Does Being Raised Evangelical Destroy Your Brain? Why The Tea Party-Evangelical Right Learned Nothing Post-Shutdown

Neuroscience has proved that the brain is malleable. Evangelicals raised on magical fact-free myths are trained from birth to believe lies. Put it this way, if you believe Noah was real you’ll be more likely to believe Ted Cruise is a truth teller too.

Brains change because of the environments they’re grown in. Playing a musical instrument grows a brain differently than the brain growth of non-musicians. Vets’ brains are different after the stress of combat. These changes show up on scans. They are physical and real. The also change the way a brain makes decisions.

Fundamentalist belief grows brains incapable of dealing with the world as it actually is. From tribesmen in Borneo, eating the heart of an enemy and believing that they will thereby gain his strength, to Tea Party evangelical Republicans believing that what they need to do now, post-shutdown, is be even crazier in order to win — say by nominating a far right Christian radio host to primary a moderate candidate — the bad result of believing myths is amply demonstrated. It keeps tribesmen in Borneo in the Stone Age, and evangelicals feeling like they’re martyrs whenever they encounter sane people who question their religious or political “facts.”

Being raised in a home where you’re taught from birth – as I was as the son of evangelical missionaries — that the evidence of your eyes and ears is wrong, that, for instance, unseen forces are fighting over the destiny of your soul, that whatever science the local newspaper or your teacher says to the contrary, the earth is young, changes your brain. Delusion leads to more delusion, unless something helps you snap out of it. I describe my “snapping out” process in my new book And God Said, “Billy!There I explore the roots of American religious delusion, and offer another way to approach true spirituality and God.

Religious delusion takes smart young brains and makes them unable to relate to the actual world. It makes them ready to believe anyone standing “against the establishment,” since the fact-based community has always been portrayed by evangelicals as the enemy of their myth-based godly community of the self-isolated embattled I-believe-everything-in-the-Bible faithful.

Thus the “world’s way” is always suspect. So 2 plus 2 can’t equal 4 because the New York Times says it does so that’s “worldly wisdom” i.e., a math-based rather than godly fact. And worldly facts are bad. They contradict scripture. So down the rabbit hole we all go!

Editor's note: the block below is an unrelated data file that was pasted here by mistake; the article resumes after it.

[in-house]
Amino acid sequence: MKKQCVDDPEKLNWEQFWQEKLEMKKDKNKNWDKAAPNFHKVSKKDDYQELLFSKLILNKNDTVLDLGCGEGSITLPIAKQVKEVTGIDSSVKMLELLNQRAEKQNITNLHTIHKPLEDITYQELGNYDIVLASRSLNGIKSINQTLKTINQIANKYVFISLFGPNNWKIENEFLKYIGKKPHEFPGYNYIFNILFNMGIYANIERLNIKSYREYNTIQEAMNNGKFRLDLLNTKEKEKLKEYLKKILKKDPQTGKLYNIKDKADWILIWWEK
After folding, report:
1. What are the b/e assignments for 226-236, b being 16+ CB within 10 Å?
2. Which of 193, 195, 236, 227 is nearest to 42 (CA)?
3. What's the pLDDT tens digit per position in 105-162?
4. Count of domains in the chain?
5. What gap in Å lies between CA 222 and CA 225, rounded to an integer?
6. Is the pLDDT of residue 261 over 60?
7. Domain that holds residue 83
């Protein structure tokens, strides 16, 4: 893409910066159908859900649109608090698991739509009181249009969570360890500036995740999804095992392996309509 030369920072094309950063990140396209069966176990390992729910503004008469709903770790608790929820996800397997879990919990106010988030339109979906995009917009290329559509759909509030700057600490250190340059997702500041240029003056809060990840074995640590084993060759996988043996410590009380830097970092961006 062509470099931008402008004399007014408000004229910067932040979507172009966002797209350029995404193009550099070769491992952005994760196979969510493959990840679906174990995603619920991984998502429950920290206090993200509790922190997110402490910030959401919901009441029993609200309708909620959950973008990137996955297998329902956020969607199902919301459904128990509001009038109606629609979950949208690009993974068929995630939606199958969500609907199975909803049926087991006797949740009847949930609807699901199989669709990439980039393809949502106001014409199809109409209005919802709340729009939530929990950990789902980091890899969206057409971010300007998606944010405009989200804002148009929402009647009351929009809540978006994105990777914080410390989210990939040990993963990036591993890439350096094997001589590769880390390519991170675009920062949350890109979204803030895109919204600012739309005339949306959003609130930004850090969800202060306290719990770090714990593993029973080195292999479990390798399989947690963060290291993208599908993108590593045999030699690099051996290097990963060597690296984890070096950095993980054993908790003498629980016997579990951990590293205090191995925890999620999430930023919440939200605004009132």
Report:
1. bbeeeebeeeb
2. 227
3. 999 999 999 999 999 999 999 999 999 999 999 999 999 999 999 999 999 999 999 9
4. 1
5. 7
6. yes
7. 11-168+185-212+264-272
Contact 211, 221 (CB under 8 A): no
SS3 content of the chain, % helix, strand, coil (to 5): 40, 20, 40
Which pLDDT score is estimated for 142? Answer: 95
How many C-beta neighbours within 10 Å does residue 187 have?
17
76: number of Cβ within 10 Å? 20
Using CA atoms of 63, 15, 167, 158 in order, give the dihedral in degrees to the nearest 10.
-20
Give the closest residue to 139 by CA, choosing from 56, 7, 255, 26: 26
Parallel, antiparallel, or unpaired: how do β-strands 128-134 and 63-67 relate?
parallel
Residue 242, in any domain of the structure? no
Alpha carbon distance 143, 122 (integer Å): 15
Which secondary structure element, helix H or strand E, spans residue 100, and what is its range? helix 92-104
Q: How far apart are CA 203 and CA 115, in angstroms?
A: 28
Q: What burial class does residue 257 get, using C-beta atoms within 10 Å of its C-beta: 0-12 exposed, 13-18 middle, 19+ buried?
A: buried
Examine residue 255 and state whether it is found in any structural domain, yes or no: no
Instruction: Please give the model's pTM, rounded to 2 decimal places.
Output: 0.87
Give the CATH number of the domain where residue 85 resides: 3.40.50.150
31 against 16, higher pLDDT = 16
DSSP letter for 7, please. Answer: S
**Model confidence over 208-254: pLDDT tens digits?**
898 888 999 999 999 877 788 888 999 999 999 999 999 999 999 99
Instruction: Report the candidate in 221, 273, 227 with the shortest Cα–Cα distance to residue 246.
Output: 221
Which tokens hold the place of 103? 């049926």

So the fact that most Americans think the evangelical-Tea Party is too extreme to govern simply proves to the paranoid delusional evangelical-Tea Party that they must be even more extreme. Time to take a stand not just against Democrats but against even moderate Republicans the cry goes up.

This evangelical-Tea Party broken-brain conditioning is the only way to explain what the New York Times describes here:

After the budget standoff ended in crushing defeat last week and the political damage reports began to pile up for Republicans, one longtime party leader after another stepped forward to chastise their less seasoned, Tea Party-inspired colleagues who drove the losing strategy… [Yet] in Mississippi, a 42-year-old Republican state senator, Chris McDaniel, was announcing his bid to take the seat held by one of those “adults” — Senator Thad Cochran, 75, a six-term incumbent and the very picture of the Republican old guard, whose vote to end the standoff Mr. McDaniel called “more of a surrender than a compromise.” Insurgent conservative groups like the Senate Conservatives Fund, the Madison Project and the Club for Growth immediately announced their support for Mr. McDaniel, the chairman of the Mississippi State Senate’s Conservative Coalition and a former Christian-radio host, providing an early glimpse of what the next three years are likely to hold for the Republican Party.

The evangelical raised brain-broken wing of the GOP only makes sense when you realize that they see politics as an extension of their embattled religion. It’s faith based politics, for instance that president Obama isn’t one of us, when he is, or that he’s not a Christian when he is, or that his medical care reforms are socialism when they are not. Far from learning from their failure to force the end of health care reform, the Tea Party-evangelicals that drove the confrontation in Congress and put the 144 House Republicans that voted against ending the shutdown, are redoubling their forlorn bid to take the GOP farther and faster into their fantasy land of paranoid right wing biblical delusion.